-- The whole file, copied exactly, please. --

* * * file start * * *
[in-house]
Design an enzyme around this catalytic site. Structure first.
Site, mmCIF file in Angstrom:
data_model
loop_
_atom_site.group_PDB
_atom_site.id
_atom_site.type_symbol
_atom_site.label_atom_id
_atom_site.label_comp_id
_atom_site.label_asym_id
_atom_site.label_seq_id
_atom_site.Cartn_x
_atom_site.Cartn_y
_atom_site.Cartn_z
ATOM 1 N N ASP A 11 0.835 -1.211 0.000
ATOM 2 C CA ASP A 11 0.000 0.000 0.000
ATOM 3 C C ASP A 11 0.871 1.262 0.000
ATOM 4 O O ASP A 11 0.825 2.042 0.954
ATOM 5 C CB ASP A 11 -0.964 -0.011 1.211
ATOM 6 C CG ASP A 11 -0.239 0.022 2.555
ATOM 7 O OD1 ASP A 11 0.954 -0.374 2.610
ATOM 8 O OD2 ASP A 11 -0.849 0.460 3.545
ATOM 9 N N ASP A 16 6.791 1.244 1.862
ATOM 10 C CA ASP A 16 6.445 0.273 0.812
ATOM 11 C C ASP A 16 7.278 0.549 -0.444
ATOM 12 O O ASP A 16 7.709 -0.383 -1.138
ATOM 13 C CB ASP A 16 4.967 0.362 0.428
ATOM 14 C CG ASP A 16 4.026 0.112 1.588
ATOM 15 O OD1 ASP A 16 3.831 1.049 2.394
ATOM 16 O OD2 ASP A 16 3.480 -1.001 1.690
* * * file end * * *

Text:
[in-house]
Design an enzyme around this catalytic site. Structure first.
Site, mmCIF file in Angstrom:
data_model
loop_
_atom_site.group_PDB
_atom_site.id
_atom_site.type_symbol
_atom_site.label_atom_id
_atom_site.label_comp_id
_atom_site.label_asym_id
_atom_site.label_seq_id
_atom_site.Cartn_x
_atom_site.Cartn_y
_atom_site.Cartn_z
ATOM 1 N N ASP A 11 0.835 -1.211 0.000
ATOM 2 C CA ASP A 11 0.000 0.000 0.000
ATOM 3 C C ASP A 11 0.871 1.262 0.000
ATOM 4 O O ASP A 11 0.825 2.042 0.954
ATOM 5 C CB ASP A 11 -0.964 -0.011 1.211
ATOM 6 C CG ASP A 11 -0.239 0.022 2.555
ATOM 7 O OD1 ASP A 11 0.954 -0.374 2.610
ATOM 8 O OD2 ASP A 11 -0.849 0.460 3.545
ATOM 9 N N ASP A 16 6.791 1.244 1.862
ATOM 10 C CA ASP A 16 6.445 0.273 0.812
ATOM 11 C C ASP A 16 7.278 0.549 -0.444
ATOM 12 O O ASP A 16 7.709 -0.383 -1.138
ATOM 13 C CB ASP A 16 4.967 0.362 0.428
ATOM 14 C CG ASP A 16 4.026 0.112 1.588
ATOM 15 O OD1 ASP A 16 3.831 1.049 2.394
ATOM 16 O OD2 ASP A 16 3.480 -1.001 1.690